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Homework Help: Finding the resultant force

  1. May 7, 2007 #1
    1. The problem statement, all variables and given/known data
    Hi,
    The question im a bit confused about is this:

    A block is dragged across the ground by a light cable,attached to a winch. Th block is initally at rest.

    Information given:
    Volume: 6m³
    Density 2875 kg/m³
    Coefficent of friction between block and the ground: 0.4
    Diameter: 1.4m

    Find the force that must be applied to the block to overcome friction and cause it to accelerate at a rate of 0.4m/s²

    3. The attempt at a solution


    So I've first got to find the mass right? m=D.V= 2875*6= 17,250 KG

    Then I can find its weight. w=m.g = 17,250*9.81= 169,222.5 N

    Now I need to find the force acting down on the block right? Fa= m.a
    =17,250*0.4= 6900N

    And the frictional force acting Frictionalforce= μ*w = 0.4*169,222.5= 67,689N

    Then the total force should equal: Tforce=√Frictional force²+Fa²= √67689²+6900²= 68,039.77308 right?

    Have I gone wrong somewhere?

    Many thanks
    Matt
     
  2. jcsd
  3. May 7, 2007 #2
    You're doing OK until you add forces.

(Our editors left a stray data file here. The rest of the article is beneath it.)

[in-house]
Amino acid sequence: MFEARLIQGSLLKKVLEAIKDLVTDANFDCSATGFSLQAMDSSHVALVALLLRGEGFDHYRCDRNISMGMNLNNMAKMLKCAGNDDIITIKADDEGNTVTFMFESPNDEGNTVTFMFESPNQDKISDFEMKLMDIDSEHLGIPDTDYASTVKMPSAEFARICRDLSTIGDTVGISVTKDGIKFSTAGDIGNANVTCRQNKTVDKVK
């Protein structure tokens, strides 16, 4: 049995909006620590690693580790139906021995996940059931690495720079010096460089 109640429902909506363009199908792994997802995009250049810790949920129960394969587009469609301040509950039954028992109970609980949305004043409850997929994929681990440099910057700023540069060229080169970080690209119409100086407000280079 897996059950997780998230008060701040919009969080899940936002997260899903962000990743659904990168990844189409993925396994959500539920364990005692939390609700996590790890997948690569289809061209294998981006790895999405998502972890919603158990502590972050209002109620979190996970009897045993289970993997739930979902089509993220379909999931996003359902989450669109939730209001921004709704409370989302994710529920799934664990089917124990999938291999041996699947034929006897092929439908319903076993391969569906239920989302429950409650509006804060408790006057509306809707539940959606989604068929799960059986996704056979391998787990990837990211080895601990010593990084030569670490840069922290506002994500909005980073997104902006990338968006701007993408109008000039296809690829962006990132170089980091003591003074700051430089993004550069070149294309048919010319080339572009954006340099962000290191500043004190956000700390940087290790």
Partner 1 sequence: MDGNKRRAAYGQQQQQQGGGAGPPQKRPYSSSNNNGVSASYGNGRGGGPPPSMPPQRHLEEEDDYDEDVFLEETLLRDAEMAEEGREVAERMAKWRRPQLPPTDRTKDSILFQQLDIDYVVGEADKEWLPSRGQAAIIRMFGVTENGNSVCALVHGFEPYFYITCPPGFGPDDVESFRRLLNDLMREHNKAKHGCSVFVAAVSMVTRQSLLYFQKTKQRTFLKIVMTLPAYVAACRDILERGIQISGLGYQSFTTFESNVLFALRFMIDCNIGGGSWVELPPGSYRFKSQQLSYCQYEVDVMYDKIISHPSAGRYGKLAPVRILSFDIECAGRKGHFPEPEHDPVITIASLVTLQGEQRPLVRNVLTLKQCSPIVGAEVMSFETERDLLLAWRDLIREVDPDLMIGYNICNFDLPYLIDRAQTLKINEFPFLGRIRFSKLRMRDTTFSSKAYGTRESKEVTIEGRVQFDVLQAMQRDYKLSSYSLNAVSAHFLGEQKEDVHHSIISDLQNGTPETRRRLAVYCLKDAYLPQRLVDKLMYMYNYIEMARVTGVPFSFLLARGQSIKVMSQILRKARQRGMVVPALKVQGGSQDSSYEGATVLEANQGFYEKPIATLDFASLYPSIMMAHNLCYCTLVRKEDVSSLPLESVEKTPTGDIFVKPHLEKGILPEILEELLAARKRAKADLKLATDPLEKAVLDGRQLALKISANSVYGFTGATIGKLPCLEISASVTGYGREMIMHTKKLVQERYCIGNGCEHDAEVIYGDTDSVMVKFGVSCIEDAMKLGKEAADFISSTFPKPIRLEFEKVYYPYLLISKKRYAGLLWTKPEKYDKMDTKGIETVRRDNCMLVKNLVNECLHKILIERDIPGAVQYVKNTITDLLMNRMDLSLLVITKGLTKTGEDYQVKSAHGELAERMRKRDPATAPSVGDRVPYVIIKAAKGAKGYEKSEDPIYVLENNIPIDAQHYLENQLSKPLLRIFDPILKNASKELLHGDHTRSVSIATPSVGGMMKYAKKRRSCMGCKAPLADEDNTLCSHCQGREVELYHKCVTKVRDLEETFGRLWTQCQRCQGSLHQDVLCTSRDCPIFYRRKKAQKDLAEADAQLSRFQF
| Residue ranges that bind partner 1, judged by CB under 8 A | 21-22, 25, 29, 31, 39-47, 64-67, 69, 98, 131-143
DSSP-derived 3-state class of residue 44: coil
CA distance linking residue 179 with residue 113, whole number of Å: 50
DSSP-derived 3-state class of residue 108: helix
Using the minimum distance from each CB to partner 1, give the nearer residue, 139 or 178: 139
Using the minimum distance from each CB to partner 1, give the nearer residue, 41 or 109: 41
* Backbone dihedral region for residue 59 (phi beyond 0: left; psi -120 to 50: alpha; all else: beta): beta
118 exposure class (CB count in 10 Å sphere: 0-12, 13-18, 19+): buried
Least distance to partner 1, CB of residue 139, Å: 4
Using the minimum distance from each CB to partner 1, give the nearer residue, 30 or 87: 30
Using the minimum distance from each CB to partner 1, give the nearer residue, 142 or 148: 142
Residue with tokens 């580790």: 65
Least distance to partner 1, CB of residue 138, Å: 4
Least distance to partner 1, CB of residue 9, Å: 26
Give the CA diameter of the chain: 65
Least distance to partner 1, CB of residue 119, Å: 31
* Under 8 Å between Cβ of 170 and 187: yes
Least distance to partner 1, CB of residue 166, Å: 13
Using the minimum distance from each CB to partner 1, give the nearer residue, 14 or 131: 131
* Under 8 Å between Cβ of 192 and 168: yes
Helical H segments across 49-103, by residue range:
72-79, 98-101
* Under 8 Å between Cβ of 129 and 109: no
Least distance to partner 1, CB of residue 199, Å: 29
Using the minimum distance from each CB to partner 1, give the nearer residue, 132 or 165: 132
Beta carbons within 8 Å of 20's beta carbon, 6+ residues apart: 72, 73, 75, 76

Newton's seond law states:
    [tex]\Sigma F = ma[/tex]
    Sigma means add up the forces algebraicly. Squaring stuff is when you have forces acting along x- and y- axes.
     
  4. May 7, 2007 #3
    So F - friction force = ma
    where F=? Frictional force=67689 ma= (17250*0.4)=6900

    So F - 67689 = 6900?

    Many thanks
    Matt
     
  5. May 7, 2007 #4
    Yes.

    Don't really understand what you have written here. But if you solve your last line for F, you and I will get very similar answers.
     
  6. May 7, 2007 #5
    Would that mean F= 6900+67689=74589? Right?
    Many thanks
    Matt
     
  7. May 7, 2007 #6
    The number looks good to me--just slap on units and a direction, and check significant figures, and that's it.
     
  8. May 7, 2007 #7
    Thanks!
    Out of interest, how would I go about finding out the angle?
    Many thanks
    Matt
     
  9. May 7, 2007 #8
    Everything done solved for the x- component of the force. No information was given about the y-component.
     
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